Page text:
Bride's Family: Traditional Expenses
For those of you who cling to tradition, you'll want and need to know what it is you're hanging onto, at least as far as this wedding is concerned. Once your daughter comes home and announces her engagement, start considering wedding finances. The wedding spending starts now.
Toasting the Happy Couple
The bride's family traditionally hosts the first engagement party, but this is not an obligation. If you choose not to host this event, make it very clear to those who are inquiring about the party. The MOG might be interested in hosting this event.
What does the engagement party entail, financially? That depends on whether you're planning a formal or informal affair. An at-home party is obviously cheaper (the food, the entertainment, the free use of your own home), but formal gatherings are also popular, depending on the bride and groom's style.
You do not need to send formal, professionally printed invitations for an engagement party unless it's a formal event. Save that money for another wedding-related expense (there will be many). Store-bought invites will suffice for this occasion.
The cost of this party will also depend on how many guests you're inviting, which is entirely up to you. You'll want to include members of the groom's family, of course, but beyond that, you can invite the entire town — or no one else. Everyone you invite to the engagement party, though, must also be invited to the wedding.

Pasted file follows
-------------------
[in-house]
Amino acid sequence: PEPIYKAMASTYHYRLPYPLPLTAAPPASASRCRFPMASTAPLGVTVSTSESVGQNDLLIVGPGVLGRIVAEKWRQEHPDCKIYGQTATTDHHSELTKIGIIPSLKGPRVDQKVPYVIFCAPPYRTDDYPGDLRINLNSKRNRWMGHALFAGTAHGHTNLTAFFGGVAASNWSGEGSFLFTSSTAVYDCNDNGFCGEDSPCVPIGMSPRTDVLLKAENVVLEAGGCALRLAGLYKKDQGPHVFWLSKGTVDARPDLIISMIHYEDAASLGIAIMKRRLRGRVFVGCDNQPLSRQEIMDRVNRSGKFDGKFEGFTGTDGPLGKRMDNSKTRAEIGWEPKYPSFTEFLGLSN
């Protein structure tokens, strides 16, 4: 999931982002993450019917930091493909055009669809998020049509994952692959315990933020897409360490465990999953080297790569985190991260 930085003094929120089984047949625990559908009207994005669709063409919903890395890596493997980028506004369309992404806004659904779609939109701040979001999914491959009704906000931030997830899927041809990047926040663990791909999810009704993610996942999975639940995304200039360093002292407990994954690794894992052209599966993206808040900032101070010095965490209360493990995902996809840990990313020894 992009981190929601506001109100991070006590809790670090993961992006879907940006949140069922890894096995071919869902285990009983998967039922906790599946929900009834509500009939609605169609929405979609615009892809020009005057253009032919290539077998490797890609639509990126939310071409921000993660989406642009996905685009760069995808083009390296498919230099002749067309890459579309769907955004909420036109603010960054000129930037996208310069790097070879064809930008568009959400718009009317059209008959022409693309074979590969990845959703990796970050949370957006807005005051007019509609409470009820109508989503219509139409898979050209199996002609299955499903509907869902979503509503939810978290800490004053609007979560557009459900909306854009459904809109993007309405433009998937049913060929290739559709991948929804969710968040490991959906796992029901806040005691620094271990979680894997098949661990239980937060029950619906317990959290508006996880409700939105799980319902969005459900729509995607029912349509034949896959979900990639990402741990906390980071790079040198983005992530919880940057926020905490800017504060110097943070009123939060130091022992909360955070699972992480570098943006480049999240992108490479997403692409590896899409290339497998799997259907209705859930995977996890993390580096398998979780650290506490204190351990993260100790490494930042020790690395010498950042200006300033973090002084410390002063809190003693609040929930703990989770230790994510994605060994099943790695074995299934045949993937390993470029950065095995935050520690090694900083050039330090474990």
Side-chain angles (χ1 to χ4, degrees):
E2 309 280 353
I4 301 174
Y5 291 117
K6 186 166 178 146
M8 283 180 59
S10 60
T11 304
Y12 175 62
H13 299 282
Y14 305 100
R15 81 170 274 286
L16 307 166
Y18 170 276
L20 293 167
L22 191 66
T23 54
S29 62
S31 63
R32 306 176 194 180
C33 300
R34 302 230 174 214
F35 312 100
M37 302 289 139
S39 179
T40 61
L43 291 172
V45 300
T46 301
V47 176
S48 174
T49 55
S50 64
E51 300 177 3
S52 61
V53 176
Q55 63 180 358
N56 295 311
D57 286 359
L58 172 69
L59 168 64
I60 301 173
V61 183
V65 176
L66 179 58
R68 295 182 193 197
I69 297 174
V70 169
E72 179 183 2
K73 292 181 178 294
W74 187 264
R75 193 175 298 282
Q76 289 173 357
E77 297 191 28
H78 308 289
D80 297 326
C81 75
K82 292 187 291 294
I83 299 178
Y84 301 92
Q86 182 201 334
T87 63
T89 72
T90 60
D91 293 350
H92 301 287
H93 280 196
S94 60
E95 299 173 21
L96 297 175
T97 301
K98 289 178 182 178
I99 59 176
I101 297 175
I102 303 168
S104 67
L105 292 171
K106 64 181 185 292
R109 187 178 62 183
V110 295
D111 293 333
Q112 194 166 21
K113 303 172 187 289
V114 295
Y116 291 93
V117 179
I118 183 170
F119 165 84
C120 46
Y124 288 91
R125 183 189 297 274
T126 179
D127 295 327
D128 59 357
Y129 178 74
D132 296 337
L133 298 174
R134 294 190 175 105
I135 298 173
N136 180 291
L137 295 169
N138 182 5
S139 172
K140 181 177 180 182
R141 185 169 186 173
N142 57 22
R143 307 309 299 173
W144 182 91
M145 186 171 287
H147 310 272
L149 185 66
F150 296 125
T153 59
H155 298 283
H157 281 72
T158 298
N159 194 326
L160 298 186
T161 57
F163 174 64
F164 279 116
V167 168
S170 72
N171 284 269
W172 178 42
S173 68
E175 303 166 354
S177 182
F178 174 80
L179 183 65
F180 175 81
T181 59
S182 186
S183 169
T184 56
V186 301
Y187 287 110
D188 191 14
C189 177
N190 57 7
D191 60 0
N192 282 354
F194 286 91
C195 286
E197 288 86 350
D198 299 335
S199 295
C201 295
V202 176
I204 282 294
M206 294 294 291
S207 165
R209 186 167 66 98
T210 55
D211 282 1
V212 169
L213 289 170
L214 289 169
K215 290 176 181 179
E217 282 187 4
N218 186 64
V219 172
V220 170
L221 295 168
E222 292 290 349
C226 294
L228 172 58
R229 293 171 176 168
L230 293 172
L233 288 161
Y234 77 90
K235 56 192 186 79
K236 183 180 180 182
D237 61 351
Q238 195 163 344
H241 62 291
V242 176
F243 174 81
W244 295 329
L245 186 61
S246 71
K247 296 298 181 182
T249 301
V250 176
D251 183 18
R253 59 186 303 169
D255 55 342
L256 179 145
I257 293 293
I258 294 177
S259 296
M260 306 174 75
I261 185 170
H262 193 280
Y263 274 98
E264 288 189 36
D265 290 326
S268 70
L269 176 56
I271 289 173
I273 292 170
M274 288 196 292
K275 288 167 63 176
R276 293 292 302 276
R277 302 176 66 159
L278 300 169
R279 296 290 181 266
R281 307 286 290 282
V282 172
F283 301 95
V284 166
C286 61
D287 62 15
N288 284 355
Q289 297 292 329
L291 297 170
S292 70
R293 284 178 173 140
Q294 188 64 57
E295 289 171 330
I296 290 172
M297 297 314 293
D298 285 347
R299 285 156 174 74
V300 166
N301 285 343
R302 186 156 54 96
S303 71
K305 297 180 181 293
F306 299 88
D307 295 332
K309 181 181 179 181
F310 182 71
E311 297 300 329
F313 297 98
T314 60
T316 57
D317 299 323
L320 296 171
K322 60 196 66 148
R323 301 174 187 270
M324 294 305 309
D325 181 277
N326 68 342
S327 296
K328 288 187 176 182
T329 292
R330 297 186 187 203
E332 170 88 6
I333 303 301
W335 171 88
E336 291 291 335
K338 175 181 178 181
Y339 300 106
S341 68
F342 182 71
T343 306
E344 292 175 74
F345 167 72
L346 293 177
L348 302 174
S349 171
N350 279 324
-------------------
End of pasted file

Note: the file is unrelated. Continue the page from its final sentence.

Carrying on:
The MOB's Bill
Relatively speaking, the cost of the engagement party is nothing compared to the cost of the wedding. What else does the bride's family pay for — traditionally? The bride herself usually pays for wedding gifts for the groom and her attendants and for the groom's wedding ring. Her parents are traditionally responsible for:
The bride's dress (and, of course, the MOB's dress)
Most of the flowers
Musicians for the church and the reception
Fee for the church
Transportation for the wedding party
Photographer and videographer
Weddings can be incredibly expensive, and for some families, it's just not feasible or realistic to fork over $30,000 for one day's amusement. Make a budget and stick to it! Be realistic with your time, number of guests, and money.
You may think this is some sort of joke, but it's not. The bride's family really does cover all of these expenses in a traditional arrangement.
The amount of money the bride's family ends up shelling out is dependent on several factors: the type of wedding (formal, semiformal, informal); the size of the guest list; and how creative the bride and her mom are when it comes to cutting costs. These factors will vary from wedding to wedding and might not end up being as daunting as you originally thought they would be.